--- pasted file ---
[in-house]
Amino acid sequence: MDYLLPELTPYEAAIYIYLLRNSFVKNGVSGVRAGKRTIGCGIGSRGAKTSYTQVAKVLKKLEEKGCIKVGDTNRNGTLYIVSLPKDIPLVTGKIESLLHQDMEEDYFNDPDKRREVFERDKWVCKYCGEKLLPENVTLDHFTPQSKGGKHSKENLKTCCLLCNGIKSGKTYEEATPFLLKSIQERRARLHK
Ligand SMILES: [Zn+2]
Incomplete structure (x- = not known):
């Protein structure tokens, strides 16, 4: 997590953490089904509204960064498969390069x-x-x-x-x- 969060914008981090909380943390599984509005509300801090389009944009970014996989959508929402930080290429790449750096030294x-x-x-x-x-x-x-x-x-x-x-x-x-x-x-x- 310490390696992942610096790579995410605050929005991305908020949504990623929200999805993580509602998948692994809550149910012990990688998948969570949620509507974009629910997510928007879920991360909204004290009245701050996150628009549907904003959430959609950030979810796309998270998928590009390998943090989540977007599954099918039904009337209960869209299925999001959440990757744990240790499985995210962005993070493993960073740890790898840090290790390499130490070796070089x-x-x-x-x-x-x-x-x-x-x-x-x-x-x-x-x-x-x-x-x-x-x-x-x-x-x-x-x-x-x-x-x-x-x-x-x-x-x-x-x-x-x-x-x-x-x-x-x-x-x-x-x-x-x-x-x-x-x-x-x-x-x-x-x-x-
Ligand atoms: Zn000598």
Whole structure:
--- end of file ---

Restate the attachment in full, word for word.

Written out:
[in-house]
Amino acid sequence: MDYLLPELTPYEAAIYIYLLRNSFVKNGVSGVRAGKRTIGCGIGSRGAKTSYTQVAKVLKKLEEKGCIKVGDTNRNGTLYIVSLPKDIPLVTGKIESLLHQDMEEDYFNDPDKRREVFERDKWVCKYCGEKLLPENVTLDHFTPQSKGGKHSKENLKTCCLLCNGIKSGKTYEEATPFLLKSIQERRARLHK
Ligand SMILES: [Zn+2]
Incomplete structure (x- = not known):
């Protein structure tokens, strides 16, 4: 997590953490089904509204960064498969390069x-x-x-x-x- 969060914008981090909380943390599984509005509300801090389009944009970014996989959508929402930080290429790449750096030294x-x-x-x-x-x-x-x-x-x-x-x-x-x-x-x- 310490390696992942610096790579995410605050929005991305908020949504990623929200999805993580509602998948692994809550149910012990990688998948969570949620509507974009629910997510928007879920991360909204004290009245701050996150628009549907904003959430959609950030979810796309998270998928590009390998943090989540977007599954099918039904009337209960869209299925999001959440990757744990240790499985995210962005993070493993960073740890790898840090290790390499130490070796070089x-x-x-x-x-x-x-x-x-x-x-x-x-x-x-x-x-x-x-x-x-x-x-x-x-x-x-x-x-x-x-x-x-x-x-x-x-x-x-x-x-x-x-x-x-x-x-x-x-x-x-x-x-x-x-x-x-x-x-x-x-x-x-x-x-x-
Ligand atoms: Zn000598």
Whole structure: